Strong community is the best defense against the Leviathan state
Joe Hargrave on the relationship between the state and the individual
By Joe Hargrave on Monday, April 20th, 2009 - 863 words.
America is a country that alternates at times between communitarian and individualist ideological and ethical systems. I haven’t spent much time on the East Coast, but my fiancee who lived there for years picked up on a pattern: the further west in America one goes, the more the communitarian spirit gives way to an individualist one.
There is nothing inherently wrong with a certain amount of self-regard. It is written into our biological makeup and is essential for our survival. It is when certain necessities are elevated to the level of high virtues that anything, including individualism, can become a problem.
More than usual these days I have noticed a number of right-leaning commentators invoke Hobbes’ “Leviathan state”. Every expansion of federal power is said to be a signal that we are moving further away from an original, ideal concept of a limited government towards one that fulfills the Hobbesian vision of an absolute leader with the power to control not only the economy, but how men think and believe.
There is a kernel of truth in these concerns. The size of government, under Republican and Democratic administrations alike, has grown steadily over the course of the 20th century. While I think there is a good reason for a certain amount of federal expansion, I have no more desire to see a “Leviathan State” emerge than anyone else does.
The problem is that many ignore the tendency of extreme individualism to feed into, rather than provide a natural barrier against, the growth of the state. The Hobbesian view of man as more or less a calculating machine primarily concerned with his own survival, and of the state of nature as nothing more than a state of war of “each against all”, is what justifies the Leviathan state. For Hobbes, Leviathan is always a better option than the horrors of civil war.
As more people abuse their freedoms and society is held in the grip of paralysis, the Leviathan state becomes the more attractive option. While it isn’t an exact parallel, the massive deregulation of the financial sector that allowed it to gamble in risky mortgage-backed securities, and the resulting economic chaos it caused, is what pushed Obama over the top against John McCain. This deregulation was ultimately justified by the philosophy that the pursuit of self-interest would naturally benefit the common good, which Alan Greenspan himself testified before Congress was a mistake.
And so now, whatever Obama may do to regulate the economy, and I support some of his efforts in that regard, he has a popular mandate from the people to do it.
Assuming, however, that less government is better than more government, how do we realistically achieve it?
What the communitarian critique of liberalism (here I mean the classical liberalism of which Hobbes is a, if not the, father) emphasizes is that the community, and not an abstract space surrounding each individual in the form of negative rights, is the natural and organic barrier against an encroaching state. Apart from his nature as a creature of God, man is, in the final instance, a political or social animal, as Aristotle asserts in his Politics. His choices in the end do come down to the Hobbesian war of each against all and its logical conclusion, the Leviathan state, or peaceful and voluntary submission to a local community in which one has a stake and a say.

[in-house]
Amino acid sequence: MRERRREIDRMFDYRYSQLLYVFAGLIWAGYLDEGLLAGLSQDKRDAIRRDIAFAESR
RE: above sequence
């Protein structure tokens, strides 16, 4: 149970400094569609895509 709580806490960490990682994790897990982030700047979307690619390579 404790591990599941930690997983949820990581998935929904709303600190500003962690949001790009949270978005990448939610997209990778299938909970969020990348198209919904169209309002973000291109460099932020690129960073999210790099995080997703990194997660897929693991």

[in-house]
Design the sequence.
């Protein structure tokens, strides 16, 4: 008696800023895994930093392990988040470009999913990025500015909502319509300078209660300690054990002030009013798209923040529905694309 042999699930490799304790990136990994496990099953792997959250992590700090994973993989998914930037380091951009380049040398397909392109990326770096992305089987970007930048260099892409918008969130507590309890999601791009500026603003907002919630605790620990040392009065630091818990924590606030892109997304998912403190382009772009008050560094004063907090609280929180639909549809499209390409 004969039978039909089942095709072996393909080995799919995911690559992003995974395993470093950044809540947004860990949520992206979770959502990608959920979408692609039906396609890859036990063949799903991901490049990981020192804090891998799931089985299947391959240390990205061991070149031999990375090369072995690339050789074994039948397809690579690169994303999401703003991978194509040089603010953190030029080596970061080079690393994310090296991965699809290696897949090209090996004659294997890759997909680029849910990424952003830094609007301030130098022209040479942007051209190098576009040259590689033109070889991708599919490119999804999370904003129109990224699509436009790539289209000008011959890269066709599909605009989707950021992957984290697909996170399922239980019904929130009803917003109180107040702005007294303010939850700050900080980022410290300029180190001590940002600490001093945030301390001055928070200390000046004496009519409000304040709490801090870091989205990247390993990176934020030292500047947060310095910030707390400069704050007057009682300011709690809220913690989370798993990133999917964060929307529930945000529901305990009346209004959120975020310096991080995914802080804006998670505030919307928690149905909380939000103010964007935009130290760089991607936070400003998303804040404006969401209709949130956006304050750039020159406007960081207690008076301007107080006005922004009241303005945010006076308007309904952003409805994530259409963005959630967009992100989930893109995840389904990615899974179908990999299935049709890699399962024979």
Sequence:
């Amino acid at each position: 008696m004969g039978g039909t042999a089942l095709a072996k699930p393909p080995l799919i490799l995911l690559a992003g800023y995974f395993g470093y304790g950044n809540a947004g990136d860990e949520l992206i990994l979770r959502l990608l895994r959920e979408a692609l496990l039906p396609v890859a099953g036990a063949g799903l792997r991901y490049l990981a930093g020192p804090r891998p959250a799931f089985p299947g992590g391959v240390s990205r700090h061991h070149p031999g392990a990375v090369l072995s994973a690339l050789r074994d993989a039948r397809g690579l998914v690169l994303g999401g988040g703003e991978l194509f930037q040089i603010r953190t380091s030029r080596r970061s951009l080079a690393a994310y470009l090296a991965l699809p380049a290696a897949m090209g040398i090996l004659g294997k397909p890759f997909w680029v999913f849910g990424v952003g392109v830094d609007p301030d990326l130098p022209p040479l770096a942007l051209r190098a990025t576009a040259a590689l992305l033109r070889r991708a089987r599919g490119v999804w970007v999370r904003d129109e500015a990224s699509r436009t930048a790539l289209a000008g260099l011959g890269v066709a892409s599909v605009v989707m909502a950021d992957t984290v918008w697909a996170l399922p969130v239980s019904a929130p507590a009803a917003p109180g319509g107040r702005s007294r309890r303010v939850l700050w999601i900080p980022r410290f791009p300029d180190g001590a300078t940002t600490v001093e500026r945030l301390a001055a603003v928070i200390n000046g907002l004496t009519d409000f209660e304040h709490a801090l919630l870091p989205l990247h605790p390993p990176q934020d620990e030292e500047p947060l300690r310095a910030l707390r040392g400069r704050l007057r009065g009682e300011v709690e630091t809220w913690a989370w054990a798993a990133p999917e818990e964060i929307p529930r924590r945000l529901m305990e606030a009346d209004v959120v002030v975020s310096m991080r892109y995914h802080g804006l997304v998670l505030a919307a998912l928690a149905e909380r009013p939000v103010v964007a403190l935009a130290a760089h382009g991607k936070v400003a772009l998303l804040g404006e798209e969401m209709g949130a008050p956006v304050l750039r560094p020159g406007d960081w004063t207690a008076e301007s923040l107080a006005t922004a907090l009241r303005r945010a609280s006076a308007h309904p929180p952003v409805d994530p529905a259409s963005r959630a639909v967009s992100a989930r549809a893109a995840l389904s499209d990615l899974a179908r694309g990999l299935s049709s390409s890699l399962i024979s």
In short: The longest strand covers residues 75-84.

This means the cultivation of values beyond individualism and statist “collectivism”. The spread of property ownership at the local level will create solidarity among people and give them a greater incentive to solve local problems together. Those without a stake and say, on the other hand, do behave more like Hobbesian man – subject to the ups and downs of the labor market, moving from one place to the next, never fully secure in any particular community or locale.
Everyone uses everyone for as long as it is convenient, and then as soon as a relationship begins, it ends. The labor market outside of the unions and cooperatives does look like a “war against all” and both the losers and the winners in such a war have an incentive to grant more power to an overriding authority; the losers for protections and higher wages, the winners, to keep their position secure.
Communities of ownership on the other hand require everyone from the top to the bottom to come together and forge common solutions to common problems. Everyone has an interest in seeing to it that they places they work, live, and raise their children are well-protected against the stormy currents of the global markets. The ethos of many military units prevails: leave no man behind. Communities may too at time step on individual rights, and no one is bothered more by a petty homeowner’s association dispute than I. There is still a moral and practical necessity for individual space, and a wisely ordered community can easily provide it.
Perfect individualism is as utopian and fantastic as perfect collectivism. A wise and responsible individual liberty is situated within the context of a community. A functional community of “shareholders” is in turn the best insulation against an encroaching state, which will find little to do in such a place.
I graduated from Arizona State with B.A.s in Political Science and Sociology, and an M.A. in Political Science with an emphasis on political theory.
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